It's the most emotive topic you'll face while building your business, and probably the hardest to make.
How you plan to exit your business is potentially the most emotive topic you'll address while building it. It's a very personal decision that should generally be addressed when your business is still young, as it will influence many of the decisions you make along the way.
There are four general motivations for exiting a business:
When you "exit" your business, you are potentially ceding control of one or both of two distinct aspects of the business:
What aspects of your business you choose to cede and your motivations for doing so will impact the type of exit option you seek. Let's look at exit options and their operational or ownership implications to you.
There are generally three options for owners that would like to exit their businesses:
Each of these options has different implications on your future operation or ownership role in the company. The following table summarizes how the three exit methods impact the transfer of ownership and control in addition to how positively they align with the various potential motives an owner may have for exiting their business.
|Time to move on||No||Yes||Yes|
|Desire to cash out||Yes||Yes||Unlikely|
|Need to raise capital||Yes||No||No|
When a private company has an initial public offering of stock (IPO), holders of equity in the formerly private companies often think of this as a liquidity event. It is that, of course, as their private holdings are transformed into issues tradable in public markets (after some pre-designated "lock-up" period). But it is much more than a liquidation event. Having an IPO is also a financing event for the company. As such, pursuing an IPO only makes sense for companies that can benefit from a substantial infusion of cash. While the IPO transfers ownership of the company, the management team in place before the IPO will typically still be in charge of the company post-IPO. So if you pursue an IPO, you need to be aware that you'll still be responsible for running this company, it just won't be "yours" any more. You'll also have many more disclosure requirements as a public company than you ever did as a private one.
Selling your company, which is much more common than an IPO, usually involves both a transfer of ownership and a transfer of operational control. When a company is sold, the role of the previous owners is usually negotiated along with the terms of the sale. After your company is purchased, you may be asked to stay on during a transition period, but after that the new owners will most likely want to put their own stamp on your venture or integrate it into their other businesses. In addition, in most cases the acquiring company will want the selling founders or managers to execute some kind of "not to compete" provision to discourage the seller from forming a new company that could directly compete with the new owners.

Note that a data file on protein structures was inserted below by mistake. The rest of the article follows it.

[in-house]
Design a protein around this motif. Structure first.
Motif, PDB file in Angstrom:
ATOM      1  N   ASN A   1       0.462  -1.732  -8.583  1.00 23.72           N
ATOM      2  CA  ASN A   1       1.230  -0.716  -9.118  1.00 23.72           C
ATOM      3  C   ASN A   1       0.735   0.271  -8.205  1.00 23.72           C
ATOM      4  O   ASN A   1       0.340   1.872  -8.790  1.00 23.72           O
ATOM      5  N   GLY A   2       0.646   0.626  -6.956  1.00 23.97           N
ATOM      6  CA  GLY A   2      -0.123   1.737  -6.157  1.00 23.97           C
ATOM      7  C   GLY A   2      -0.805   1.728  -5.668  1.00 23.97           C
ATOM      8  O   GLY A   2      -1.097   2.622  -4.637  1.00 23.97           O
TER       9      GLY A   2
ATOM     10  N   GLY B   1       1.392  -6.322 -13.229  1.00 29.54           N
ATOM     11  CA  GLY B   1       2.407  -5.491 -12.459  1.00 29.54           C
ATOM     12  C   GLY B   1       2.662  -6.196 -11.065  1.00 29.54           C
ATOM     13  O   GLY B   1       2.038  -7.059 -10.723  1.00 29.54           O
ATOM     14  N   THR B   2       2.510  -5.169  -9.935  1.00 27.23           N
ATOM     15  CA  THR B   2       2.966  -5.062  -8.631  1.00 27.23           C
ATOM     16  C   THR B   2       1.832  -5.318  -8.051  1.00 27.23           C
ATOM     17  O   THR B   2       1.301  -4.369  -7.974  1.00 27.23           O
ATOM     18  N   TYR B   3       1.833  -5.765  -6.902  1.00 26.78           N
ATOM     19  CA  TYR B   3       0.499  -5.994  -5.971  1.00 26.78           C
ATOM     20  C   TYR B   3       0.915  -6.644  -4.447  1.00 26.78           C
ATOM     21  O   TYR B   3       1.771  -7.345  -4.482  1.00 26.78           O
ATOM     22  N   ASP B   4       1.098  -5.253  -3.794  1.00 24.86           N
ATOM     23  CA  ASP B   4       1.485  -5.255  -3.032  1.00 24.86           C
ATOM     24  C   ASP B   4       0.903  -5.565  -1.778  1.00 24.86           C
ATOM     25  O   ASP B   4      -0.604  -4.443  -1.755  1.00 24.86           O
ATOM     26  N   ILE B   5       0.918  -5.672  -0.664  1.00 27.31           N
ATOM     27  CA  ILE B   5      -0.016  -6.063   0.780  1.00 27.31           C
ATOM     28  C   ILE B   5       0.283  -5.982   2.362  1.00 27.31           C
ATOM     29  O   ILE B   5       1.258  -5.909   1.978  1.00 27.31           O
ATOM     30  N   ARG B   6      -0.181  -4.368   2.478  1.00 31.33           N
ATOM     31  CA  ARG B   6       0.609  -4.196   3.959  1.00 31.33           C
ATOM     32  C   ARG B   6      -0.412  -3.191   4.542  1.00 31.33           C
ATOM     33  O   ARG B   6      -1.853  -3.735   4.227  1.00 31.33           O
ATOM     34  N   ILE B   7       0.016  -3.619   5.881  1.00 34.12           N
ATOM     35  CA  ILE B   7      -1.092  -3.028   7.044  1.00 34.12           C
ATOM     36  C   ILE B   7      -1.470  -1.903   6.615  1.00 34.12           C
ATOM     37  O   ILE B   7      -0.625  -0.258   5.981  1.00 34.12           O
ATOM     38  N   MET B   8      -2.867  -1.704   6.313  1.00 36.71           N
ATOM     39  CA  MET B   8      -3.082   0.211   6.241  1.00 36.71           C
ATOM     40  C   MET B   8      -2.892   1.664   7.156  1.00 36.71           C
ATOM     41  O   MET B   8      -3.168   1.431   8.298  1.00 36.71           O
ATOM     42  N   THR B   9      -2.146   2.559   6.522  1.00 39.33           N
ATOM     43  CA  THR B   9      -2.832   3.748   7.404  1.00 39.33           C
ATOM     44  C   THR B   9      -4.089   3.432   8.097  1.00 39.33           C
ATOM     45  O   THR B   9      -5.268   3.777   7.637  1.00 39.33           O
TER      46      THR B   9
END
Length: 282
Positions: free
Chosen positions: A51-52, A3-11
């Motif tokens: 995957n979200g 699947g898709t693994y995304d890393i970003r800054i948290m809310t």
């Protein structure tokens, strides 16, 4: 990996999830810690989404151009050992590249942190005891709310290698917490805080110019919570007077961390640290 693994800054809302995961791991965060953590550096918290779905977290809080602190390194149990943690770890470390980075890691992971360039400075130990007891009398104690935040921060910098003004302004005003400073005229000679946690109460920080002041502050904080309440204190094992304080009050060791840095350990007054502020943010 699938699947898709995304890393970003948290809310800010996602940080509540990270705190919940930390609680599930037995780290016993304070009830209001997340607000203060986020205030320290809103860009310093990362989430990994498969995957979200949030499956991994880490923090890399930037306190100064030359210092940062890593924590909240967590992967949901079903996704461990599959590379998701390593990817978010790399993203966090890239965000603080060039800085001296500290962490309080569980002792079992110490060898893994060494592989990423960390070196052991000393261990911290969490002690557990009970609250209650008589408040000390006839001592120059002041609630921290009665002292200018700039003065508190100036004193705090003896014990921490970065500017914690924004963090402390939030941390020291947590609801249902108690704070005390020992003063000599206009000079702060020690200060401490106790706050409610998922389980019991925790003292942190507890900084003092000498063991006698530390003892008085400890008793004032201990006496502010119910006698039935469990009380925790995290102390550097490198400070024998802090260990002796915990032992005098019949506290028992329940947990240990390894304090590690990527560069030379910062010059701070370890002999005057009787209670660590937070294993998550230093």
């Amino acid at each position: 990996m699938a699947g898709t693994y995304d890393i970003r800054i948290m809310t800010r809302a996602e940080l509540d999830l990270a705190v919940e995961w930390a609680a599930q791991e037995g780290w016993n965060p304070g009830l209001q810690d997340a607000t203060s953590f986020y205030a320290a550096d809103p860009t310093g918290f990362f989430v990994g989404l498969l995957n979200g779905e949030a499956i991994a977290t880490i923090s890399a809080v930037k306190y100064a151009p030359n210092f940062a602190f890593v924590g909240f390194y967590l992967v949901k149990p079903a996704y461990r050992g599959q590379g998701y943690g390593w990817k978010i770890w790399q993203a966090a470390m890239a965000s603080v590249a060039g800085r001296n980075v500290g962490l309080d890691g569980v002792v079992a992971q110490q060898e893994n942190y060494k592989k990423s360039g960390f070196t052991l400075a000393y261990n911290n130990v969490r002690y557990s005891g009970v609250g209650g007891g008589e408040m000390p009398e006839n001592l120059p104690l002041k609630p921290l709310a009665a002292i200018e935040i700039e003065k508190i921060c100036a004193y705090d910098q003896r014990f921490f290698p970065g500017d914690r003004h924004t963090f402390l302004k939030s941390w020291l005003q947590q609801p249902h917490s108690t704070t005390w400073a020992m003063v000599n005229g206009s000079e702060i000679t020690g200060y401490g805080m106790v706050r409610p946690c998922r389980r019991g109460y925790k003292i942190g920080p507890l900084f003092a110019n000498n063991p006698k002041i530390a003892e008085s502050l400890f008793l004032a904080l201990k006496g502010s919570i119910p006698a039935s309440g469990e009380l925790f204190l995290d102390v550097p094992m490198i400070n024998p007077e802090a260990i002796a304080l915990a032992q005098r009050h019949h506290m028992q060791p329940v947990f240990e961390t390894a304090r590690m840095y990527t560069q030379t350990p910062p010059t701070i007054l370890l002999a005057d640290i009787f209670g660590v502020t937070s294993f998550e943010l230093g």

The third exit option, transfer, is the most common exit option for family businesses. There may be many reasons for your motivation to personally step aside from a leadership position and transfer operational, but not ownership, control of your company. Maybe you desire to start something new, retire, or take on a different role in the company. No matter what your motivation, as long as you retain some ownership in the company, you'll want to ensure the company's future health. That means you'll need to spend some time thinking about succession planning. In the Harvard Business Review article "The Five Stages of Small Business Growth," authors Neil Churchill and Virginia Lewis discuss the specific skills that the company leadership must exude as the company moves beyond merely surviving. As your company continues to grow, skills such as strategic planning, systems and controls, and delegation become increasingly important. Therefore, when you are sizing up your successor, realistically consider the needs of the company today and tomorrow. While you may be tempted to hire a younger version of yourself as your successor, that is often not the best thing to do for the business. You need to realistically assess what skills are needed at the current and near-future stage of this company and hire someone that has those skills.
There is nothing that compares to building your own business. Successful businesses create wealth for you, your employees, your investors, and your customers. They positively impact your community, your state, and in some small way the global economy. I wish you all the best on your journey of a lifetime.
Contributing his expertise to this article was Tom Porter, Executive-in-Residence at the Samuel Zell and Robert H. Lurie Institute for Entrepreneurial Studies at the University of Michigan. In addition to his role at U-M, Tom is currently the General Partner for Trillium Ventures in Ann Arbor, Michigan. He previously co-founded and is a General Partner Emeritus in EDF Ventures, an Ann Arbor, Michigan-based venture capital firm investing in early stage market driven companies in health care and information technology.
Read more from Tim Faley's series on planning and growing a business:
The Process of Business Creation
There's no magic 10-step program, but there are steps you can take to help increase your chances of business success.
Is Your Business Idea Feasible
Making a critical evaluation of your business concept at an early stage will allow you to discover, address and correct any fatal flaws before investing time in preparing your business plan.
Creating Your Business Plan
Understanding the key questions you must answer before writing your plan will help you write one that not only helps you plead your case to investors, but also creates an operational document your business can live by.
Growing Your New Venture
There are three interrelated areas you should keep top of mind while plotting the growth of your young company.